Local

November 18, 2016
 

NASA’s 747 Telescope Eyes Cost Savings

NASA photograph

NASA’s Stratospheric Observatory for Infrared Astronomy is looking to save both time and money by exchanging “lessons learned” with its sister plane, Pratt and Whitney Canada’s 747SP flying testbed, a nearly identical plane used to test new aircraft engines.

The limited number of Boeing’s 747SP and how each aircraft is used poses its own set of challenges to the normal maintenance and operations of the platforms.

During a special visit to the NASA Armstrong Flight Research Center in Palmdale, Calif., PWC’s aircraft maintenance team and development offices discussed opportunities with the SOFIA aircraft team to address these challenges by openly sharing information between the programs.

SOFIA Operations Director Michael Toberman says that one of the opportunities includes sharing and procuring parts collectively. This is important because it can be hard to obtain parts on the aging platforms, especially when those parts are needed quickly.

“An example of why parts sharing would benefit us goes back to a recent maintenance issue we had with a bulkhead delamination. When we went to order the part, it had a 550-day lead time.  We encounter these types of issues, so part-sharing will help us get access to those parts quickly and prevent any further delays in the flight schedule,” Toberman said.

Pratt and Whitney Canada’s 747SP testbed departs NASA Armstrong Flight Research Center Building 703 in Palmdale, California with a fly-over salute to SOFIA on Oct. 20, 2016.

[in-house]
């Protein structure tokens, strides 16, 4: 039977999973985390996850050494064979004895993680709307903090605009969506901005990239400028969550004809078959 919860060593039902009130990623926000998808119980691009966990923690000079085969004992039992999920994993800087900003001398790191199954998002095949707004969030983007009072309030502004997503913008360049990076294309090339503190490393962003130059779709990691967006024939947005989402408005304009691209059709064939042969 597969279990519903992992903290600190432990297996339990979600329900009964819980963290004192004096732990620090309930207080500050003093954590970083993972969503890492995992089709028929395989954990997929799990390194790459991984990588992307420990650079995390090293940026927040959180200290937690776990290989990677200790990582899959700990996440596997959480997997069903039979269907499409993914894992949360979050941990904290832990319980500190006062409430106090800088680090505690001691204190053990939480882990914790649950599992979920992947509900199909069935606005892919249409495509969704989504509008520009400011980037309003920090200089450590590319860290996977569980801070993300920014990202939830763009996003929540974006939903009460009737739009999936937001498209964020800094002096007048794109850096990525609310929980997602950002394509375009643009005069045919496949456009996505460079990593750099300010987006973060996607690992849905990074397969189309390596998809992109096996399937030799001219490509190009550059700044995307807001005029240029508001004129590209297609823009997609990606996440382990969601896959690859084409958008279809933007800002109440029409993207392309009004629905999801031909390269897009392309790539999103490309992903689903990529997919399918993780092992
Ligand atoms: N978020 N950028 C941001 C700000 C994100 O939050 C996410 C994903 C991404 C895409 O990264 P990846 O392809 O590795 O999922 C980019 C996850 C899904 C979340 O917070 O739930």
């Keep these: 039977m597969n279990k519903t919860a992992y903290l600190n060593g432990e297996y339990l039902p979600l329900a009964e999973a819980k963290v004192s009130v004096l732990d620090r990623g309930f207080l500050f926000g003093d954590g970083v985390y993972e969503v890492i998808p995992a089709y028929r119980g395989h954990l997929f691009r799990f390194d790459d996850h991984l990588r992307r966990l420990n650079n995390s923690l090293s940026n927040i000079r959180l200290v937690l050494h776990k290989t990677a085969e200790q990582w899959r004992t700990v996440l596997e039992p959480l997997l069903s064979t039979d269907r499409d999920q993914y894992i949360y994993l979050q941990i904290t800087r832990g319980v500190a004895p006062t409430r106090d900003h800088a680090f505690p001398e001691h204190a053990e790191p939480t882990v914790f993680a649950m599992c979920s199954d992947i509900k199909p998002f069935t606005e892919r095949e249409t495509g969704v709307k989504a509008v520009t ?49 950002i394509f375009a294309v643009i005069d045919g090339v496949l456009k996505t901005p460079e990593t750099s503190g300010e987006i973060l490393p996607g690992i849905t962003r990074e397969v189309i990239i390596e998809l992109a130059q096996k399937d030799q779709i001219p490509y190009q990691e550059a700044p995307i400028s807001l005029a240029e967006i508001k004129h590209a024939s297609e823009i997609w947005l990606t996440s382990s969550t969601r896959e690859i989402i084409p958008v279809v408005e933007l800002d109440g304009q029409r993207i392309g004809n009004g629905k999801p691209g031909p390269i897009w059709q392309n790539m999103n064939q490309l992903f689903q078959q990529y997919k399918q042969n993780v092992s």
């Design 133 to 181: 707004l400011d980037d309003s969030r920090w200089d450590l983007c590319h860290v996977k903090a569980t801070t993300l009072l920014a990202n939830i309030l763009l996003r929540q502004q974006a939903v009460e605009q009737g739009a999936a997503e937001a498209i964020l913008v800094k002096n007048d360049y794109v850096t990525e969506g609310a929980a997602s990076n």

Buying parts collectively would also benefit both programs by purchasing things like tires in high quantity and at a lower cost. Toberman added that there is much to be learned by both teams as they go through upgrades and modifications of the aircraft.

“We had SOFIA’s cockpit upgraded, and we had some challenges that took time to resolve,” said Toberman. Pratt and Whitney Canada also had their cockpit updated at the same facility and the work took less time as a result of the lessons learned from work done on SOFIA. It’s experiences like these where we can really benefit from sharing knowledge with one another.”

During the visit, the PWC team also explored opportunities for NASA to use its testbed for future propulsion projects, and are planning to host regular user group meetings to continue the discussion of how the programs can aid each other.




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